Irish students protest against fee rises and loans

National demonstration planned over income contingent repayment 'propaganda'

October 4, 2017
Ireland flag
Source: istock
An extra €1 billion is needed to cope with growing student numbers over the next 15 years, says expert body

About 5,000 students were expected to attend a demonstration on 4 October opposing the introduction of income-contingent student loans in Ireland.

The event, held by the Union of Students in Ireland, was called to pressure the government to take immediate action on higher education funding after a report published last year found that the current system was not sustainable.

The introduction of income-contingent loans alongside increased tuition fees is one of the measures outlined in a report into the future funding of higher education in Ireland, known as the Cassells report, published last year. The report found that universities would need an additional €600 million (£532 million) in core funding by 2021.

Michael Kerrigan, president of USI, said that students should not “be fooled by the propaganda of a student loan”.

Mr Kerrigan said: “Education is in the red. Don’t be fooled by the propaganda of a student loan. An income-contingent student loan outlined in the Cassells report is a drastic increase in fees from €3,000 to €5,000 a year in disguise.”

He added: “The moment we accept higher fees and a loan scheme, we are saddling people with €20,000 of mortgage-modelled debt and forcing them to emigrate. The message would be loud and clear to future students: take your €20,000 debt, your degree, and get out.”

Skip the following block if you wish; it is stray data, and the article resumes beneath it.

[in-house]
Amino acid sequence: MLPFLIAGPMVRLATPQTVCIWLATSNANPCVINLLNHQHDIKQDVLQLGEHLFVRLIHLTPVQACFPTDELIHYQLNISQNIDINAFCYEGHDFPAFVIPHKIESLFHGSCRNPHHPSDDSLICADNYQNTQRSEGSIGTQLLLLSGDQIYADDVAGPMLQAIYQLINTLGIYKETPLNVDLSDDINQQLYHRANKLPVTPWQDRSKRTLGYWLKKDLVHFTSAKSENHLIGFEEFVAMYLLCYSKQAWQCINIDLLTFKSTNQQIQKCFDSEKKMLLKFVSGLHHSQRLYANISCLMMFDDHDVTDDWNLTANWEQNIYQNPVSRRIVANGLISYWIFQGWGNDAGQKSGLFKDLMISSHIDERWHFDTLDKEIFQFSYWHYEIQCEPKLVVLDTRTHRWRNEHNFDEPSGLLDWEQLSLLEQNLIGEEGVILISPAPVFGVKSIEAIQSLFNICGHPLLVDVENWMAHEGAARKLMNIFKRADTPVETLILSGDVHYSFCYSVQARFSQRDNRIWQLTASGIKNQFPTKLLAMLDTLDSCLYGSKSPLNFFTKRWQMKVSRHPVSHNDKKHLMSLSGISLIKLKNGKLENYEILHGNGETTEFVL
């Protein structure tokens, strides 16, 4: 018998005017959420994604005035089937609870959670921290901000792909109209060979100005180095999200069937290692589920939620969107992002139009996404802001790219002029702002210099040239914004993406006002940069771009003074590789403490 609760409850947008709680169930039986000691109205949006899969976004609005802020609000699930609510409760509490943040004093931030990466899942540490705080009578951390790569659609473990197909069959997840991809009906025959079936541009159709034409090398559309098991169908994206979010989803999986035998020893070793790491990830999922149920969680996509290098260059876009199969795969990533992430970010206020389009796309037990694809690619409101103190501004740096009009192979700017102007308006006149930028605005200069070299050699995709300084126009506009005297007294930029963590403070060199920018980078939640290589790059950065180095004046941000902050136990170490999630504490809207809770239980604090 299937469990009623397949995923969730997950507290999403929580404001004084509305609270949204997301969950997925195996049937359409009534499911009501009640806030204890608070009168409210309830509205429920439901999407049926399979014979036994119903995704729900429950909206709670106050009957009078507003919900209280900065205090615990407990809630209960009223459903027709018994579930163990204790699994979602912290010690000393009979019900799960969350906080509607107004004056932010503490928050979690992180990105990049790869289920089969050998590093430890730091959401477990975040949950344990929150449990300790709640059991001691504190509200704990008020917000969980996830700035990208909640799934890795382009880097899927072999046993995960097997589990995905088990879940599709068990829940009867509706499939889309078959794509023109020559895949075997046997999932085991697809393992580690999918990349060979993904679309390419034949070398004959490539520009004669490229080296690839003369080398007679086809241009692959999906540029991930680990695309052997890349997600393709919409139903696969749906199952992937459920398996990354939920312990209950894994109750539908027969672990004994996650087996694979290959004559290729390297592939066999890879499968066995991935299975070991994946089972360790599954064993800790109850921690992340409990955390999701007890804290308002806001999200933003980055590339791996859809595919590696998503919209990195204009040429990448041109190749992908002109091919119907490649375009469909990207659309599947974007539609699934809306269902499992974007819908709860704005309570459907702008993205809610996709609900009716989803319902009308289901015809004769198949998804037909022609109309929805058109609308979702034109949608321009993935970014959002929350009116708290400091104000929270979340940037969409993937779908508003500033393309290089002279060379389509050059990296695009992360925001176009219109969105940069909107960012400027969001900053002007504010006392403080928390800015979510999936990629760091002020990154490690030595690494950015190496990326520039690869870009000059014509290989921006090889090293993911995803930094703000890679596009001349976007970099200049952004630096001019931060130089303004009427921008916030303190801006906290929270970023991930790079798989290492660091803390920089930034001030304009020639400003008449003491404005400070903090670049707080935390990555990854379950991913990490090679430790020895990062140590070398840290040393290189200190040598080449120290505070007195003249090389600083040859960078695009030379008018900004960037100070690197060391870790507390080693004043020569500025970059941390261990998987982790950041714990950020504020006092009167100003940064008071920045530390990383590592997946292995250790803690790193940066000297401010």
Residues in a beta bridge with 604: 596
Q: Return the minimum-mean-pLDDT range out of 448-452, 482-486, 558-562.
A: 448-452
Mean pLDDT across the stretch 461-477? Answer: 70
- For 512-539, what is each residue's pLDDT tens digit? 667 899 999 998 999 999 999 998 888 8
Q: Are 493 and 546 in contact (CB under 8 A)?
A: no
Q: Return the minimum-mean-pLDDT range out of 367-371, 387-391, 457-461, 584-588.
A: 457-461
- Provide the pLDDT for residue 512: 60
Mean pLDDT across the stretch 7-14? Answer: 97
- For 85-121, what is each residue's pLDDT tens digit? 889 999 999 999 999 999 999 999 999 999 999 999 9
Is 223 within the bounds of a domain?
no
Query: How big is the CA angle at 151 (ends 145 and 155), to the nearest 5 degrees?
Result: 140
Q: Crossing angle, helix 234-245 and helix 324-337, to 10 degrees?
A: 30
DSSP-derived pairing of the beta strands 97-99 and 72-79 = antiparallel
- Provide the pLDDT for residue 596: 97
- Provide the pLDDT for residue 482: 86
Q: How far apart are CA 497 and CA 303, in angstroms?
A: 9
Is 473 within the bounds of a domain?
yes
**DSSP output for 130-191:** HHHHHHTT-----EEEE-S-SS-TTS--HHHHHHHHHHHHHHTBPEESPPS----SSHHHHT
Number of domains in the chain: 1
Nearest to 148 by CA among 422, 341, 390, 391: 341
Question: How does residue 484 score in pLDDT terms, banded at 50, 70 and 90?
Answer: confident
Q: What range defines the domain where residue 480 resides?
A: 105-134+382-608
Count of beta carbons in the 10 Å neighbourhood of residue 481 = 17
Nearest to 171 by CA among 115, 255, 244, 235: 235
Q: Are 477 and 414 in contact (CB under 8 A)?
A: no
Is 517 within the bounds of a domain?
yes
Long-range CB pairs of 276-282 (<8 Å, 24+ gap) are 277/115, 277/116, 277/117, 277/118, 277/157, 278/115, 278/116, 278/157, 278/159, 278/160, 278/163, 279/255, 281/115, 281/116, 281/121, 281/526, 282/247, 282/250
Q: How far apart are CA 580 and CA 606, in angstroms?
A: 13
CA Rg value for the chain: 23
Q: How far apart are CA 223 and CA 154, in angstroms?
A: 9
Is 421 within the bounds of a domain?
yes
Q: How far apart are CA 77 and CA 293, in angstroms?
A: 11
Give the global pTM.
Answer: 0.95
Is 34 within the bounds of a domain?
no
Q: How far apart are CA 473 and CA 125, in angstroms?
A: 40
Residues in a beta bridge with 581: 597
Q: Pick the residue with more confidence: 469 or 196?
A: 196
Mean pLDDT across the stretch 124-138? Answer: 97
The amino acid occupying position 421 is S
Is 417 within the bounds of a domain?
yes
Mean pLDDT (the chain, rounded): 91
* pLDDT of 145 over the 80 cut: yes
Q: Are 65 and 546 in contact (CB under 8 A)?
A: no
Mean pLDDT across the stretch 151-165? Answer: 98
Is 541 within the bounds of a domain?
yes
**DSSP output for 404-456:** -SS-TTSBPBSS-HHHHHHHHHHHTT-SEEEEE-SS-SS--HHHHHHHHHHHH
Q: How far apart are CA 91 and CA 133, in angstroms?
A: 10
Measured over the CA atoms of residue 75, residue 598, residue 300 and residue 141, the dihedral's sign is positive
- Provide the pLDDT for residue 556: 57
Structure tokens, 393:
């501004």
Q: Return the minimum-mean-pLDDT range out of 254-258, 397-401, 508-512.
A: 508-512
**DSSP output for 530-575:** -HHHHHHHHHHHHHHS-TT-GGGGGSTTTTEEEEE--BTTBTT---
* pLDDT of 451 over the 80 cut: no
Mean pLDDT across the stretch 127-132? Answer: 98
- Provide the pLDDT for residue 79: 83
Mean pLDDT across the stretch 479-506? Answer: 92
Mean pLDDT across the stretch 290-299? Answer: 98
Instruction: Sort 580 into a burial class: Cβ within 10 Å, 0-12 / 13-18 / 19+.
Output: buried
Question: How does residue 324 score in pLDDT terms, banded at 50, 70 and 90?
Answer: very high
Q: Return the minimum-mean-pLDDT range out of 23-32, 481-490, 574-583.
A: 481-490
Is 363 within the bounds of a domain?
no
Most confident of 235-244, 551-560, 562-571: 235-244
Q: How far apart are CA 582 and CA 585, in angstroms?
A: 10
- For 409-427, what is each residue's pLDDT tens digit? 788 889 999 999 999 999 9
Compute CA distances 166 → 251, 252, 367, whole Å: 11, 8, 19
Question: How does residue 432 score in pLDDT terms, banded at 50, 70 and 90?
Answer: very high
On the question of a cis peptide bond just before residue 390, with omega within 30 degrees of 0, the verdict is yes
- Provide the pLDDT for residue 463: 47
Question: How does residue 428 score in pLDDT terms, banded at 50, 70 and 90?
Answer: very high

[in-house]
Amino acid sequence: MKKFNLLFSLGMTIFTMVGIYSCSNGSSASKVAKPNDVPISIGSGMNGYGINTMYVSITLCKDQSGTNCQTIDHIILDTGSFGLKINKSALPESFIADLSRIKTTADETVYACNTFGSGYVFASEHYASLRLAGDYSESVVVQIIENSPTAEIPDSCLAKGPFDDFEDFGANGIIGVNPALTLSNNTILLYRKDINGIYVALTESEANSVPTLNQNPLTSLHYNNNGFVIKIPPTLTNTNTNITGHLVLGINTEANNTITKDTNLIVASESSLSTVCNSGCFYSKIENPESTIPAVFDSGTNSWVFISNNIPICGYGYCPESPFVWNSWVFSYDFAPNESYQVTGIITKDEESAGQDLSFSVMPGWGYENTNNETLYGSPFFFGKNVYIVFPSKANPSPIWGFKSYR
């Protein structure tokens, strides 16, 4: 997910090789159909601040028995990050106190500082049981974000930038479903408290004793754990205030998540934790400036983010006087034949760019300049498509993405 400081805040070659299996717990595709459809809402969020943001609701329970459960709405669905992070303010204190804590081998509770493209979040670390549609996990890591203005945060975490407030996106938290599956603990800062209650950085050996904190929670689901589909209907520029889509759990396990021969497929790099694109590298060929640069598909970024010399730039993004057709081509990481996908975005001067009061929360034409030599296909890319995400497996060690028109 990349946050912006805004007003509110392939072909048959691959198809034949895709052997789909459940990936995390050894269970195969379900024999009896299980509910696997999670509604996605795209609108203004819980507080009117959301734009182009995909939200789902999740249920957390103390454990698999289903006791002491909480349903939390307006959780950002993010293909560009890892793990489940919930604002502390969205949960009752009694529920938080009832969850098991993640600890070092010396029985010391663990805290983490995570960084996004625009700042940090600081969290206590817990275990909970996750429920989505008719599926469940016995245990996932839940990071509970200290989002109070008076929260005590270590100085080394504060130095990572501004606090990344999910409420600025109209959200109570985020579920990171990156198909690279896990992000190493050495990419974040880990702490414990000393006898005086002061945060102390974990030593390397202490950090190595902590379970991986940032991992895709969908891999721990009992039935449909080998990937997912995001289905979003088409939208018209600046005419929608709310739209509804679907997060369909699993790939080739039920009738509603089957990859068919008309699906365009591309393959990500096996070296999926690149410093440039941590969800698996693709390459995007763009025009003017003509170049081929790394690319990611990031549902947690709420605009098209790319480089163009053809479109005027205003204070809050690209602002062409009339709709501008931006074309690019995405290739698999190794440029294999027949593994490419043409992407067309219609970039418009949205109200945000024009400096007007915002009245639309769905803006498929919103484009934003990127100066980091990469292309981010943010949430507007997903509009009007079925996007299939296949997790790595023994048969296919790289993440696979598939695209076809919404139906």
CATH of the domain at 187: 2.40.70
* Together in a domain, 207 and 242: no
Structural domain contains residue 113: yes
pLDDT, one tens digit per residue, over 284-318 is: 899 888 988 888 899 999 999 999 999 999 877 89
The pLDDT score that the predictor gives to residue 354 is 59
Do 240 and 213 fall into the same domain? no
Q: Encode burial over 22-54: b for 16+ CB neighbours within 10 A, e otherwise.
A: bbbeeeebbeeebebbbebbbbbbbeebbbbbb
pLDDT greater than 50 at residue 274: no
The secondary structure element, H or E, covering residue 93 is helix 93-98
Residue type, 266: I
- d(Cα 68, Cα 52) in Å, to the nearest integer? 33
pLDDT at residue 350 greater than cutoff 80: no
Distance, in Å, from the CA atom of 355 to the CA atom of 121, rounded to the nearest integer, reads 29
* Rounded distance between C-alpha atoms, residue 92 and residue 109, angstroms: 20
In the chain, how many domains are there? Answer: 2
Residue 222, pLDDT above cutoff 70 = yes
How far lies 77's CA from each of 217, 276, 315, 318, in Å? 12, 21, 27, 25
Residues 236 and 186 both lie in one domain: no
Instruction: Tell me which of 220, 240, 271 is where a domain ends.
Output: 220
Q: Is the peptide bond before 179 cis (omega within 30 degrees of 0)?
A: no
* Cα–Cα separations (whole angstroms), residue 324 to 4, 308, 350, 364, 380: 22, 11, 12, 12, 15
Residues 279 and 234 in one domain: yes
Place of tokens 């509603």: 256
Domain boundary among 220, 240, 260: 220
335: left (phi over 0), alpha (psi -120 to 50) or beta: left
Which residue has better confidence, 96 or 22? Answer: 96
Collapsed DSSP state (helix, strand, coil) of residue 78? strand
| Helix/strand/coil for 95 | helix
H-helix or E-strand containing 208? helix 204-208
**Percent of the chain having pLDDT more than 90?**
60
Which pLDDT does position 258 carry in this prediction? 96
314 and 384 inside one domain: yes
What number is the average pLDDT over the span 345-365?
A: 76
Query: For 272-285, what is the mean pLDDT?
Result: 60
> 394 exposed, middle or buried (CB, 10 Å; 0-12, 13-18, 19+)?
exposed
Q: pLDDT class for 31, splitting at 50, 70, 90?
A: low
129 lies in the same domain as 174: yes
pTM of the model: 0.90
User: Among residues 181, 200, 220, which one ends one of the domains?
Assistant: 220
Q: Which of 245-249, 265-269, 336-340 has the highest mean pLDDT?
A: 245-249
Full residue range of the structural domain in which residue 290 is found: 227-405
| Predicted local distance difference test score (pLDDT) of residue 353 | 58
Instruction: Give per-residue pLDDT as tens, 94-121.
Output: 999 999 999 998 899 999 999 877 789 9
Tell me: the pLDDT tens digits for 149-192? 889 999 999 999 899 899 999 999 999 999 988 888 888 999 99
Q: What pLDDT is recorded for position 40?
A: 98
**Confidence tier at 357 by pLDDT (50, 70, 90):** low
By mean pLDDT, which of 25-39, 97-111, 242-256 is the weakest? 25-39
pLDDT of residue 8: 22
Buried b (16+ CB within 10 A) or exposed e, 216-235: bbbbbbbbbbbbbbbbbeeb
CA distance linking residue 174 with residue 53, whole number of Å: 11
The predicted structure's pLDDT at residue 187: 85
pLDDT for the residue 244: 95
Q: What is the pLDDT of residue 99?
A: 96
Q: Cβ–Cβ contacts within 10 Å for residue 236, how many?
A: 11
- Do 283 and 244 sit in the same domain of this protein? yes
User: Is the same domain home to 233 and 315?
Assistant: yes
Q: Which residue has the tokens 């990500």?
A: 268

Please login or register to read this article.

Register to continue

Get a month's unlimited access to THE content online. Just register and complete your career summary.

Registration is free and only takes a moment. Once registered you can read a total of 3 articles each month, plus:

  • Sign up for the editor's highlights
  • Receive World University Rankings news first
  • Get job alerts, shortlist jobs and save job searches
  • Participate in reader discussions and post comments

Related articles

Have your say

Log in or register to post comments

Most commented

Summer is upon northern hemisphere academics. But its cherished traditional identity as a time for intensive research is being challenged by the increasing obligations around teaching and administration that often crowd out research entirely during term time. So is the 40/40/20 workload model still sustainable? Respondents to a THE survey suggest not. Nick Mayo hears why

25 July


Featured jobs